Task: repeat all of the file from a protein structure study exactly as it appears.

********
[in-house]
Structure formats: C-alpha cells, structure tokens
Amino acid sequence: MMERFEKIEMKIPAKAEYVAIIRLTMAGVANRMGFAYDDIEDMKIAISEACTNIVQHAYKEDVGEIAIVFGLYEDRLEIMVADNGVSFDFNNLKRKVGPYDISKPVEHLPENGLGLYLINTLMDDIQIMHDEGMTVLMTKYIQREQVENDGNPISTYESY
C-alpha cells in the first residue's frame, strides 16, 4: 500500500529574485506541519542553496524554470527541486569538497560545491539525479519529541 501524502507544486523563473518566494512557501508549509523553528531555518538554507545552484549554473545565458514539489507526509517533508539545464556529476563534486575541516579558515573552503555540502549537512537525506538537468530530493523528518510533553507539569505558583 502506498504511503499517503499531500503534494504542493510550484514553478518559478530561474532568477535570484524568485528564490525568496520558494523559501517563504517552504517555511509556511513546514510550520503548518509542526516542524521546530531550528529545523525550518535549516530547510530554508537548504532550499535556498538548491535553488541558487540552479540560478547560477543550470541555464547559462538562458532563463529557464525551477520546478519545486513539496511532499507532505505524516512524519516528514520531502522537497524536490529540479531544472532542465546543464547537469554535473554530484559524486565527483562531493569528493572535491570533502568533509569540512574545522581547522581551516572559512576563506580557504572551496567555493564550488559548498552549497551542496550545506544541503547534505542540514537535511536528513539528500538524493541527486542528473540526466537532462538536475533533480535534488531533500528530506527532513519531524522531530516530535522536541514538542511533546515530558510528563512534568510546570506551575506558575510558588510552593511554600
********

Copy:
[in-house]
Structure formats: C-alpha cells, structure tokens
Amino acid sequence: MMERFEKIEMKIPAKAEYVAIIRLTMAGVANRMGFAYDDIEDMKIAISEACTNIVQHAYKEDVGEIAIVFGLYEDRLEIMVADNGVSFDFNNLKRKVGPYDISKPVEHLPENGLGLYLINTLMDDIQIMHDEGMTVLMTKYIQREQVENDGNPISTYESY
C-alpha cells in the first residue's frame, strides 16, 4: 500500500529574485506541519542553496524554470527541486569538497560545491539525479519529541 501524502507544486523563473518566494512557501508549509523553528531555518538554507545552484549554473545565458514539489507526509517533508539545464556529476563534486575541516579558515573552503555540502549537512537525506538537468530530493523528518510533553507539569505558583 502506498504511503499517503499531500503534494504542493510550484514553478518559478530561474532568477535570484524568485528564490525568496520558494523559501517563504517552504517555511509556511513546514510550520503548518509542526516542524521546530531550528529545523525550518535549516530547510530554508537548504532550499535556498538548491535553488541558487540552479540560478547560477543550470541555464547559462538562458532563463529557464525551477520546478519545486513539496511532499507532505505524516512524519516528514520531502522537497524536490529540479531544472532542465546543464547537469554535473554530484559524486565527483562531493569528493572535491570533502568533509569540512574545522581547522581551516572559512576563506580557504572551496567555493564550488559548498552549497551542496550545506544541503547534505542540514537535511536528513539528500538524493541527486542528473540526466537532462538536475533533480535534488531533500528530506527532513519531524522531530516530535522536541514538542511533546515530558510528563512534568510546570506551575506558575510558588510552593511554600